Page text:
There are a number of reasons Dakota Skies choose the feedstock and location it did. Chief among them is the fact that biodiesel made from canola oil can be made to meet the biofuel's European specification-EN 14214-more viably than other feedstocks, according to Jeremy Dockter, Dakota Skies principal and the man in charge of the company's strategic planning and financing. "There are certain elements of the European standard that are somewhat more strict," he says. "It just shows that our product is going to be that much more exemptible on the standards basis."

Meeting EN 14214 also opens up the possibility of exporting the biofuel. "All we can say now is that [would be] certainly possible for us to export," Dockter says. "We wouldn't be looking at that as our primarily business plan. But the opportunities certainly are there."

In choosing its feedstock, Dakota Skies also looked at the fact that biodiesel produced from canola and rapeseed has relatively excellent cold weather properties. The original thought behind the project was to target a market segment in Canada and the northern tier of the United States. "We recognized that there was going to be this market application segment that was going to be driven by cold weather tolerance," Hauth tells Biodiesel Magazine. "As we were evaluating that, it became clear to us why the European market has grown up around rapeseed."

The most obvious quality factor of canola, Coleman says, is a lower saturated fat content-about 7 percent or lower-which equates to lower free fatty acids. "The one thing that makes it such a good food product also makes it a good biodiesel feedstock," he says.

Canola also has low iodine levels, which leads to better oxidative stability and less corrosive deposits, Hauth says. "You're going to have cleaner-burning biodiesel that's not going to cause as much engine wear as a higher iodine value might," he says. With a product with good oxidative stability, Dakota Skies' product may fit with a wider range of storage options, and it opens up the possibility of cashing in on markets for unblended biodiesel in agricultural, underground mining, forestry and marine applications. "I think [that's] going to prove, again, that canola-derived biodiesel is of premium quality in the market," Hauth says.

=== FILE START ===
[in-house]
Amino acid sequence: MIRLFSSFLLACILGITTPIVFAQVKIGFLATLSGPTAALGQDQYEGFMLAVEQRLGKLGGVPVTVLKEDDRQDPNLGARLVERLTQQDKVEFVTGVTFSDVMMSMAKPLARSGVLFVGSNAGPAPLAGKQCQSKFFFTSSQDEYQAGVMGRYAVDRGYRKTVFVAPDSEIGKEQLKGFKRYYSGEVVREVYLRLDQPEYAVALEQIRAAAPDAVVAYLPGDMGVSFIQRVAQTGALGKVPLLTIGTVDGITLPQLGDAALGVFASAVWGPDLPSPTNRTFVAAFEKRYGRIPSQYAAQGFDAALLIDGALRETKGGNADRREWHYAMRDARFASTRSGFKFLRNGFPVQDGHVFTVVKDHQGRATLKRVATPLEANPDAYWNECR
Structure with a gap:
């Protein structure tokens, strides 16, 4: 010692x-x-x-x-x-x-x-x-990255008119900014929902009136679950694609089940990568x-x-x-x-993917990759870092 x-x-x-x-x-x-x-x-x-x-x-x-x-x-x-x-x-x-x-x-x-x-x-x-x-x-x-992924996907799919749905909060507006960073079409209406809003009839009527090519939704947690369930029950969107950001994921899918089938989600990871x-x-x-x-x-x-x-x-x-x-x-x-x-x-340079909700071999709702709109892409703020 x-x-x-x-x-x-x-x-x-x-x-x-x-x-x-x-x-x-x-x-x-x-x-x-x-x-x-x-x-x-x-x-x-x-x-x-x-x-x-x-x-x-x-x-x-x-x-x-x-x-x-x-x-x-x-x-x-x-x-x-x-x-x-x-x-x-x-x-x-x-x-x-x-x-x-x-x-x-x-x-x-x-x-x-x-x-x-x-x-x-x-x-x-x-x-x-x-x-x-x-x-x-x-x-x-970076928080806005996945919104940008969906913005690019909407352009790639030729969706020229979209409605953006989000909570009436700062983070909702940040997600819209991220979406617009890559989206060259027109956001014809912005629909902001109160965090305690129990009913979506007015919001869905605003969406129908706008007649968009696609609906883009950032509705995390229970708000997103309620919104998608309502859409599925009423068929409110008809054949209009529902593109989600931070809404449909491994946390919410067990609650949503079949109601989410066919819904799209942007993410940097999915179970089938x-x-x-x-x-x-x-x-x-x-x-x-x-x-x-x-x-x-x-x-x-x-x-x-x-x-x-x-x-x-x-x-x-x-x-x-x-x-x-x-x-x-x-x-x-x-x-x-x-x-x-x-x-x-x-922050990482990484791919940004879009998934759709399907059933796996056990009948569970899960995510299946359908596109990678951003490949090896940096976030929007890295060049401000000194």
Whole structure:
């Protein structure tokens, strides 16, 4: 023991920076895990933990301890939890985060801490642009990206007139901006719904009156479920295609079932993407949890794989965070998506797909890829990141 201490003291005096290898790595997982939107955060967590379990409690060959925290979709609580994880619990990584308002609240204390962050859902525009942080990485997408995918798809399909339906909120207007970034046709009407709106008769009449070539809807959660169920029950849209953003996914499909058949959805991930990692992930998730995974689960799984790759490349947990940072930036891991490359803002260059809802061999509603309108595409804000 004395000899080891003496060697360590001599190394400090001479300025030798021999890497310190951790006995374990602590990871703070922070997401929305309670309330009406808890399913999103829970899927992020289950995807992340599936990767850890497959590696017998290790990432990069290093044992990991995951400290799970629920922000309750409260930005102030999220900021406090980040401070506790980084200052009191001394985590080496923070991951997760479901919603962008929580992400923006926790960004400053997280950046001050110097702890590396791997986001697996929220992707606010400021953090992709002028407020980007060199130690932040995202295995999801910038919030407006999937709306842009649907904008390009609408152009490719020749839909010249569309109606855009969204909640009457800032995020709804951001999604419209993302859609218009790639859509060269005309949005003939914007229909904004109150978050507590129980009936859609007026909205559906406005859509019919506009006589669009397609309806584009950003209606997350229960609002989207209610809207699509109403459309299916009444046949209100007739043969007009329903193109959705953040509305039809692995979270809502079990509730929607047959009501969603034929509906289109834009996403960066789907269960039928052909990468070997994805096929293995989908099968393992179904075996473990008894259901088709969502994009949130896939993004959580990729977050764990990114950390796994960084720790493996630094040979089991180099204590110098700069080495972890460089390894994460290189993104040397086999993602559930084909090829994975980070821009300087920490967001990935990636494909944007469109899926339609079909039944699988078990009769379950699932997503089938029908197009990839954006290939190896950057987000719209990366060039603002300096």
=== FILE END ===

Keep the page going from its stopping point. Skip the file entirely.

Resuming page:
Not Easily Discouraged
As excited as Hauth and Dockter are that Dakota Skies is on the precipice of actually building the plant, reaching this stage wasn't easy, and there's still a challenging stretch of road ahead. Rumors and misconceptions about the fate of the project circulated after a multi-million-dollar deal dissolved last year. A group of investors backed out before making a hard commitment, explains Dockter, a North Dakota native who lives in New York. "Early on in the process, an investment group from Europe had been engaged, but later dropped out of the project for other investment priorities and commitments overseas," Dockter says. "At that point, my company, The Kinetic Group was brought into the project to serve as a codeveloper and arranger of the financing to get the project built."

Stakeholders in the project "retrenched" and made new connections with key players. One of these "new connections" is Dakota Skies CEO Everett Dobrinski, who had been previously aware of the project, but not invested in it. "He knows his way around North Dakota, he knows his way around farming, he knows his way around banking, and he's an excellent networking source," Hauth says.

Interestingly, Sen. Kent Conrad, D-N.D., a Dakota Skies champion from the start, helped bring Dockter and Dobrinski together. It was a good fit. The Kinetic Group, a New York City-based company, was already on the outlook for a biodiesel project in North Dakota. "That is what caused Sen. Conrad to say, 'You guys should team up and accelerate what you're doing and that is indeed what has happened," Dockter says.

Conrad says he is pleased to hear the Dakota Skies project is moving forward. The senator has been a very strong voice for renewable and domestic energy-ethanol, biodiesel, wind and coal-to-liquid fuels, in particular-and the value-added aspect of using canola as a production feedstock in his own state is gratifying. "We've got a lot of activity [with] biodiesel [production] in North Dakota and around the rest of the country," Conrad says, adding that biofuels are critically important to reducing the nation's dependence on foreign sources of energy.

In April, Conrad introduced the BOLD Energy Act. The acronym stands for Breaking Our Long-term Dependence, and it calls for a dramatic increase in domestic production of renewable fuels, incentives for production of more fuel-efficient vehicles and more, he tells Biodiesel Magazine. It would establish a combined biodiesel and coal-to-diesel fuels standard of 250 million gallons in 2008 and 2 billion gallons in 2015. "On the renewable fuels side, it's very ambitious but doable," Conrad says.
Meanwhile, Dakota Skies continues its mission to make magic happen in Minot. After the first group of investors abandoned ship, developers didn't just sit around waiting for the phone to ring, Hauth says. It's out of persistence and passion, that the plant is rapidly nearing financial close and construction. The failed financing is now "ancient history," and multiple equity and debt providers have shown a high level of interest in closing the deal and getting the plant built, says Hauth, who adds with sincerity, "We've got a heck of a project here."

Holly Jessen is a Biodiesel Magazine staff writer. Reach her at [email protected] or (701) 746-8385.